In The AFR today I explain how the major bank "widow-maker" trade, which hammered bears for years as their stock prices soared, is back with vengeance: hedge funds are shorting the majors' stocks and betting on credit risks rising. Excerpt enclosed below: "AA- rated Aussie major bank senior credit default swap (CDS) spreads are now much wider than lower rated organisations like Bank of America, Royal Bank of Scotland, HBOS and Lloyds," a domestic trader said on Friday. "It doesn't make sense – Standard & Poor's has canvassed upgrading the majors' stand-alone credit profiles given they're becoming the best capitalised banks in the world." Asked what was motivating the blow-out in major bank CDS spreads, a foreign trader responded: "Hedge funds have noticed Aussie house prices have rolled over negative 3 per cent year-on-year – there's seemingly a disconnect between the real economy and financial funding costs". This is a classic case of myth becoming reality. House prices have not fallen year-on-year: they're up 7.3 per cent over the 12 months to February 7 according to RP Data. Free (VIEW LINK)
Christopher Joye is Co-Chief Investment Officer of Coolabah Capital Investments, which is a leading active credit manager that runs over $2.2 billion in short-term fixed-income strategies. He is also a Contributing Editor with The AFR.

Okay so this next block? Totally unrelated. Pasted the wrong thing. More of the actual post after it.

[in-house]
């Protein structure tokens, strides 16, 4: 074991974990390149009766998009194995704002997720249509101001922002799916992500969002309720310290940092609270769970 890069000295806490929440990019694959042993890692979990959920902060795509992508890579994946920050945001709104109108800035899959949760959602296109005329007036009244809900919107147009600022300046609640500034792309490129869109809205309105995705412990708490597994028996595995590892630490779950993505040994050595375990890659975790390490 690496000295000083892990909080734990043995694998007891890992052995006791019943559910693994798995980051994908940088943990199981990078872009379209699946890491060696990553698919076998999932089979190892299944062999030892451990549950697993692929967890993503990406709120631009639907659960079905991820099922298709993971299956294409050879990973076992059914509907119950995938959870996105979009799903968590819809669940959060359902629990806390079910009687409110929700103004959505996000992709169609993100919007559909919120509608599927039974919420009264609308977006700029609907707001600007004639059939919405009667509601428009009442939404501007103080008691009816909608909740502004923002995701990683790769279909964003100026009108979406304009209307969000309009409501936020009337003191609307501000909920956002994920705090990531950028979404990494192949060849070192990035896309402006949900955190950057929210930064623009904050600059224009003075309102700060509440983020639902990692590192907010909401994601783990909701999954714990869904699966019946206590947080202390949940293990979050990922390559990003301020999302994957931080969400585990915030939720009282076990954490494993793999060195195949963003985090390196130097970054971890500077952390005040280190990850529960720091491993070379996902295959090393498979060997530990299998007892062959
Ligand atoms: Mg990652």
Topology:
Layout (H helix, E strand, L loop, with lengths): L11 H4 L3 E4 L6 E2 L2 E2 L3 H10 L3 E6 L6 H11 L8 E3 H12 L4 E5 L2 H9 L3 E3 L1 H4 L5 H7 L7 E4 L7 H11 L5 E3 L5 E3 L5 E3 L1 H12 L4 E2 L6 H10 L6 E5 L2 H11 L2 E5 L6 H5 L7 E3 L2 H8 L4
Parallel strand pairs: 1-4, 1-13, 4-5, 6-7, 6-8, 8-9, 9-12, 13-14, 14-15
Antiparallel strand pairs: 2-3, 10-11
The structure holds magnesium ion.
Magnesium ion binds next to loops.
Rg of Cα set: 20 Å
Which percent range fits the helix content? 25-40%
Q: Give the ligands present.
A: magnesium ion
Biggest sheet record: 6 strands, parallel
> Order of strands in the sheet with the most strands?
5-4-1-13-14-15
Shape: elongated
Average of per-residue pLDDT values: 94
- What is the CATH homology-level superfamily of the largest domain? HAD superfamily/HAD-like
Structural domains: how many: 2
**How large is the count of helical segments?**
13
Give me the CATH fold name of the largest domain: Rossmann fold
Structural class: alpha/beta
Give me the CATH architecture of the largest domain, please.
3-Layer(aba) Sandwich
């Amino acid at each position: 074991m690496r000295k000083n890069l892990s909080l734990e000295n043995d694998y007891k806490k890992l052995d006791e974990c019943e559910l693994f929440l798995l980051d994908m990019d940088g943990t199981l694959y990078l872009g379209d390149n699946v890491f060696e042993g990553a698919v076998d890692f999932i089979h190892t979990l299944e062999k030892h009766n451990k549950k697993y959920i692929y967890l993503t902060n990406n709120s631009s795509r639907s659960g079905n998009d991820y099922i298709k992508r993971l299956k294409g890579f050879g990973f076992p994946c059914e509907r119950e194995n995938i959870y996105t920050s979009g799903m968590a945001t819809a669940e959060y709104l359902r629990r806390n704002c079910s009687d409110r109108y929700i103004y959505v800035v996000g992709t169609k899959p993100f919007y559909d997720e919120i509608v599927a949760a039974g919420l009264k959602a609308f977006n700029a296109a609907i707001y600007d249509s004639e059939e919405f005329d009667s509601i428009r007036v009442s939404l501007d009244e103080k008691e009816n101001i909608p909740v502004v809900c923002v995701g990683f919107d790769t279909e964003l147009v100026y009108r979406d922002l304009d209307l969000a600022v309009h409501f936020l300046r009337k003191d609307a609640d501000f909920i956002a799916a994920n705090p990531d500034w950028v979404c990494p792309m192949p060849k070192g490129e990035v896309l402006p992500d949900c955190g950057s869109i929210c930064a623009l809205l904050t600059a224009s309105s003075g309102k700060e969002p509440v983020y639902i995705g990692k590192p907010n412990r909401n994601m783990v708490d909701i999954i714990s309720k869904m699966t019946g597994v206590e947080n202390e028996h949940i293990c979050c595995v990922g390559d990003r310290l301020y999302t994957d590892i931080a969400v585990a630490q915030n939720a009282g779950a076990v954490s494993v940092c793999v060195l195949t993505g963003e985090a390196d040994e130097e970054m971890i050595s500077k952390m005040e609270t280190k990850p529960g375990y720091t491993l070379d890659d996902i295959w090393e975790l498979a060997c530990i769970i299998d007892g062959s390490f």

I wonder if there could there be some logic behind this move by hedge funds?. Last month, a number of the top performing assets were metals, including gold, silver and iron ore. While it is not wise to read too much into such short term fluctuations, there is a possibility that we may be entering the early stages of another commodities boom. My point is, that if there was a resurgence in the resources sector in Australia, the RBA would have no choice but to raise interest rates, and this might cause problems for property valuations in Melbourne and Sydney, as the excessive valuations in these cities seem to imply that property investors have made an assumption that interest rates will stay low over the long term (which of course would not be the case in the event of a new mining boom).